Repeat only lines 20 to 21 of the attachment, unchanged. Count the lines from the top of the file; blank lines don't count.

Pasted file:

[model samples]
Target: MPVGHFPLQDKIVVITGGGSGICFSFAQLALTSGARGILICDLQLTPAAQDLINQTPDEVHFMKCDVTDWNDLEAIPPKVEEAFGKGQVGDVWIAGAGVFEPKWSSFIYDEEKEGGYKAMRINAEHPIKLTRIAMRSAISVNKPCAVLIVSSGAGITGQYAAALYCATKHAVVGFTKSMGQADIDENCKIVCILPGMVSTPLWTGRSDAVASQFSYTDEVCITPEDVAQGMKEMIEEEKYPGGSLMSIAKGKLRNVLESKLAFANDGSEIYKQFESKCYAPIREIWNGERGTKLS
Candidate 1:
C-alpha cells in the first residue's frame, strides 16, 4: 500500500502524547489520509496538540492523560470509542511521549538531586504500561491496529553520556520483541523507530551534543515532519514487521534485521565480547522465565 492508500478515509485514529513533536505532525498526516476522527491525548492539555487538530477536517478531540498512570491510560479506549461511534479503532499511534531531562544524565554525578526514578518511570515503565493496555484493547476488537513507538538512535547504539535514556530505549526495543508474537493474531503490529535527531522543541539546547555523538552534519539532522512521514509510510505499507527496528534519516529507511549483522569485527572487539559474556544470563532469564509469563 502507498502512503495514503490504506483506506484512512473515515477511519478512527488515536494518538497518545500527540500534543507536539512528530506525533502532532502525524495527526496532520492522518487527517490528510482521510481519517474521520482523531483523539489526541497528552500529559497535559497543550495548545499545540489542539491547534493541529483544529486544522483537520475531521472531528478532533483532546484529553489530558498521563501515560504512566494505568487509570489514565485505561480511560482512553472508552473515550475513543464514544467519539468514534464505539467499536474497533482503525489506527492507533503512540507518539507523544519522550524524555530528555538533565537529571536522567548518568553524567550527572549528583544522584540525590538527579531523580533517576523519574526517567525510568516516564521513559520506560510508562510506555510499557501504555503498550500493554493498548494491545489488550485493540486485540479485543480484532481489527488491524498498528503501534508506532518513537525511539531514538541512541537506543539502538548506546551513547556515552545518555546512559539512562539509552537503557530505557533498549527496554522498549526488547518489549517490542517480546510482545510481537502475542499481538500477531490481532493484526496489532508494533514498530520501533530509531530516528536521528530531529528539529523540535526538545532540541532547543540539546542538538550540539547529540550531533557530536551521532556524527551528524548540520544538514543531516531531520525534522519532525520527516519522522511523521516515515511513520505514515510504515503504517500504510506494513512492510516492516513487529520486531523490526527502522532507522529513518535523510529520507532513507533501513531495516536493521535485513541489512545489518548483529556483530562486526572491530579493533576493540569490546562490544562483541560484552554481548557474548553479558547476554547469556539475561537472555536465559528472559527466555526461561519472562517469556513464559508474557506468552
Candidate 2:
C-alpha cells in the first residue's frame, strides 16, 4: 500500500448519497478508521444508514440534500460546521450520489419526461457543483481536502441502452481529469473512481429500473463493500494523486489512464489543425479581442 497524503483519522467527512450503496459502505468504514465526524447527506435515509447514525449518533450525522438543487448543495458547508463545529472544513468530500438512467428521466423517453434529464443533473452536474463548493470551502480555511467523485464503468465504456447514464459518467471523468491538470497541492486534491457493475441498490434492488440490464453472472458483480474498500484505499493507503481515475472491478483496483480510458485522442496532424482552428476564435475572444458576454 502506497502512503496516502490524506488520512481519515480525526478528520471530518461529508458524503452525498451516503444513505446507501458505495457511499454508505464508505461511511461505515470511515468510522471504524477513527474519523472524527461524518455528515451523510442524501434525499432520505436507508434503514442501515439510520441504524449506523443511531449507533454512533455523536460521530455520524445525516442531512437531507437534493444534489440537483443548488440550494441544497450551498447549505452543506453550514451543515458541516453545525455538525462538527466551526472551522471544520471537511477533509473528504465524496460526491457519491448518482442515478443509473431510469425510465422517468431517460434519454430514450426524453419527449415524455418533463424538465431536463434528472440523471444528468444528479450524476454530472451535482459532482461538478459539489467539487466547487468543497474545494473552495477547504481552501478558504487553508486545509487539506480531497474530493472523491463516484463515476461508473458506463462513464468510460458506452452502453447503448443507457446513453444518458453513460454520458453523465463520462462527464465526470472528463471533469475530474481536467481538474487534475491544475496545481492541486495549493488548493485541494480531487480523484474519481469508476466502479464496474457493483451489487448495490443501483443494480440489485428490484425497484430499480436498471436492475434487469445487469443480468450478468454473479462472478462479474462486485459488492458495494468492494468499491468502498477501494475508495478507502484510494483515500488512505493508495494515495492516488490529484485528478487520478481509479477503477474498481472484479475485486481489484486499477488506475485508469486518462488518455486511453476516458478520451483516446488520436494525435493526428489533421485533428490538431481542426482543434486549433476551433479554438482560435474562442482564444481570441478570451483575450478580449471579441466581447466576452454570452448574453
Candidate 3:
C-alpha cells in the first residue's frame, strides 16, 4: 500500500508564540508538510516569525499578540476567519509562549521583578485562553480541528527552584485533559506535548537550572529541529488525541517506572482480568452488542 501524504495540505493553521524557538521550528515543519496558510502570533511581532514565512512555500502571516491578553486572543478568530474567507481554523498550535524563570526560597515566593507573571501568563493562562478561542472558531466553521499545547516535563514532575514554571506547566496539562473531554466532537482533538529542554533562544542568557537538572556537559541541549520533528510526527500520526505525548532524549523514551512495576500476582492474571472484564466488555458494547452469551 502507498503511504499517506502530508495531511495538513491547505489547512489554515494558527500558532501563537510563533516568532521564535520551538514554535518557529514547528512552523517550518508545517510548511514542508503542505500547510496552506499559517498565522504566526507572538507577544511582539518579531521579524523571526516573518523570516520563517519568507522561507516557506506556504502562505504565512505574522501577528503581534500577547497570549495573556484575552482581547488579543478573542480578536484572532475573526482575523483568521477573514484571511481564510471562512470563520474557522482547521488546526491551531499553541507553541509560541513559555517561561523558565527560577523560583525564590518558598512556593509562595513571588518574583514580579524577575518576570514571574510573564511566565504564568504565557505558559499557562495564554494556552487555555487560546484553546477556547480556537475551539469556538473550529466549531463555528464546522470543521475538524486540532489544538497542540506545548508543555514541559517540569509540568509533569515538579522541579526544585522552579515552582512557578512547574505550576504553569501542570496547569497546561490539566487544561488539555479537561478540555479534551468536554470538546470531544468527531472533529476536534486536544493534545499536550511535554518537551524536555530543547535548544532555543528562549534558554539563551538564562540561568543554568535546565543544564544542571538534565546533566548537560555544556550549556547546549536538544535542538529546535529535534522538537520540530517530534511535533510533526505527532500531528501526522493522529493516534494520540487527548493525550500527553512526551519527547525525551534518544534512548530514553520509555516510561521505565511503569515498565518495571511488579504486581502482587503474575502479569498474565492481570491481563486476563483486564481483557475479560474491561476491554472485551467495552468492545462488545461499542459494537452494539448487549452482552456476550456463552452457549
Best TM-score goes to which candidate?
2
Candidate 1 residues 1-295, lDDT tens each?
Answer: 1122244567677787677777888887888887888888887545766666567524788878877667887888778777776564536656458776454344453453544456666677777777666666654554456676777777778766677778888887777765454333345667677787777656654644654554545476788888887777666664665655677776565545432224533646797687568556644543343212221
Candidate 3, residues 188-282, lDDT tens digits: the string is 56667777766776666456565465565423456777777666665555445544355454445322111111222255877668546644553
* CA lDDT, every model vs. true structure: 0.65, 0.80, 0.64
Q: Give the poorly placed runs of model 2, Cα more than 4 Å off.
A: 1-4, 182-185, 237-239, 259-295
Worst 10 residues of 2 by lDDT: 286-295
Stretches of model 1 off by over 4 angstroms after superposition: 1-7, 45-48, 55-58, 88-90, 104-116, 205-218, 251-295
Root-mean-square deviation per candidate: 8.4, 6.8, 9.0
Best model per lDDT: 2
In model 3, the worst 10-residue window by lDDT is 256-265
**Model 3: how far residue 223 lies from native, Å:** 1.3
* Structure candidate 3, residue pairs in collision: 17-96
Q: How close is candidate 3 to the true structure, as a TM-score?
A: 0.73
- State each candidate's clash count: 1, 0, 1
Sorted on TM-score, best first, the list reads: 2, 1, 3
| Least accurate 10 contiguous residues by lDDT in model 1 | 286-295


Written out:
Best model per lDDT: 2
In model 3, the worst 10-residue window by lDDT is 256-265